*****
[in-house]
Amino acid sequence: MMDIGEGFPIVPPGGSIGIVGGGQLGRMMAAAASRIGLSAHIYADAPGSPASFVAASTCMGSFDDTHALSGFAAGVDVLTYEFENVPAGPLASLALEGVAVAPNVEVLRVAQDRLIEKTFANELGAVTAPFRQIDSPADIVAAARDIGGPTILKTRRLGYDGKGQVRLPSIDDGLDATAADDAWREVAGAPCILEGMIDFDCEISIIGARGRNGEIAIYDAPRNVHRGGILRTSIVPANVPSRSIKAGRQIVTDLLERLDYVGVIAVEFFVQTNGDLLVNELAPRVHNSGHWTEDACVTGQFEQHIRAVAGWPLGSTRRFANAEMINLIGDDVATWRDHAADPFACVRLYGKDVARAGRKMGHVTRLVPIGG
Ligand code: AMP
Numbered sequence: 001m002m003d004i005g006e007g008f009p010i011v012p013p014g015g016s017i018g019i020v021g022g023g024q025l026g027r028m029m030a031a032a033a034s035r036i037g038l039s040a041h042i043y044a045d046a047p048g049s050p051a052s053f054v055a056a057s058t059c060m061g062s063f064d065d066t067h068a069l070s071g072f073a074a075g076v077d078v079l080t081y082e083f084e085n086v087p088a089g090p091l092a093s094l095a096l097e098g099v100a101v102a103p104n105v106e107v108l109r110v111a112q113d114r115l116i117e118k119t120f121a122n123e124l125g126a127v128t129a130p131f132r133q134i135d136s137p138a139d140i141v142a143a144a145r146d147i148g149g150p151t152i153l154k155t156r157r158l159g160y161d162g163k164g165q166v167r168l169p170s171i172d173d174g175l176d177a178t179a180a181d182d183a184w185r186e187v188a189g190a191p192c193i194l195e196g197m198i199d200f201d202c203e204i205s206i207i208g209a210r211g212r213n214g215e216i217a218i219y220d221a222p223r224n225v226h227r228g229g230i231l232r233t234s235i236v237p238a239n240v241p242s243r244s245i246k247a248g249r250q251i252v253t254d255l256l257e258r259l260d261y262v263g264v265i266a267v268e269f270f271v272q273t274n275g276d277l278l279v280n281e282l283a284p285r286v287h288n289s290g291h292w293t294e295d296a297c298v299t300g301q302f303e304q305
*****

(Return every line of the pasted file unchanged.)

[in-house]
Amino acid sequence: MMDIGEGFPIVPPGGSIGIVGGGQLGRMMAAAASRIGLSAHIYADAPGSPASFVAASTCMGSFDDTHALSGFAAGVDVLTYEFENVPAGPLASLALEGVAVAPNVEVLRVAQDRLIEKTFANELGAVTAPFRQIDSPADIVAAARDIGGPTILKTRRLGYDGKGQVRLPSIDDGLDATAADDAWREVAGAPCILEGMIDFDCEISIIGARGRNGEIAIYDAPRNVHRGGILRTSIVPANVPSRSIKAGRQIVTDLLERLDYVGVIAVEFFVQTNGDLLVNELAPRVHNSGHWTEDACVTGQFEQHIRAVAGWPLGSTRRFANAEMINLIGDDVATWRDHAADPFACVRLYGKDVARAGRKMGHVTRLVPIGG
Ligand code: AMP
Numbered sequence: 001m002m003d004i005g006e007g008f009p010i011v012p013p014g015g016s017i018g019i020v021g022g023g024q025l026g027r028m029m030a031a032a033a034s035r036i037g038l039s040a041h042i043y044a045d046a047p048g049s050p051a052s053f054v055a056a057s058t059c060m061g062s063f064d065d066t067h068a069l070s071g072f073a074a075g076v077d078v079l080t081y082e083f084e085n086v087p088a089g090p091l092a093s094l095a096l097e098g099v100a101v102a103p104n105v106e107v108l109r110v111a112q113d114r115l116i117e118k119t120f121a122n123e124l125g126a127v128t129a130p131f132r133q134i135d136s137p138a139d140i141v142a143a144a145r146d147i148g149g150p151t152i153l154k155t156r157r158l159g160y161d162g163k164g165q166v167r168l169p170s171i172d173d174g175l176d177a178t179a180a181d182d183a184w185r186e187v188a189g190a191p192c193i194l195e196g197m198i199d200f201d202c203e204i205s206i207i208g209a210r211g212r213n214g215e216i217a218i219y220d221a222p223r224n225v226h227r228g229g230i231l232r233t234s235i236v237p238a239n240v241p242s243r244s245i246k247a248g249r250q251i252v253t254d255l256l257e258r259l260d261y262v263g264v265i266a267v268e269f270f271v272q273t274n275g276d277l278l279v280n281e282l283a284p285r286v287h288n289s290g291h292w293t294e295d296a297c298v299t300g301q302f303e304q305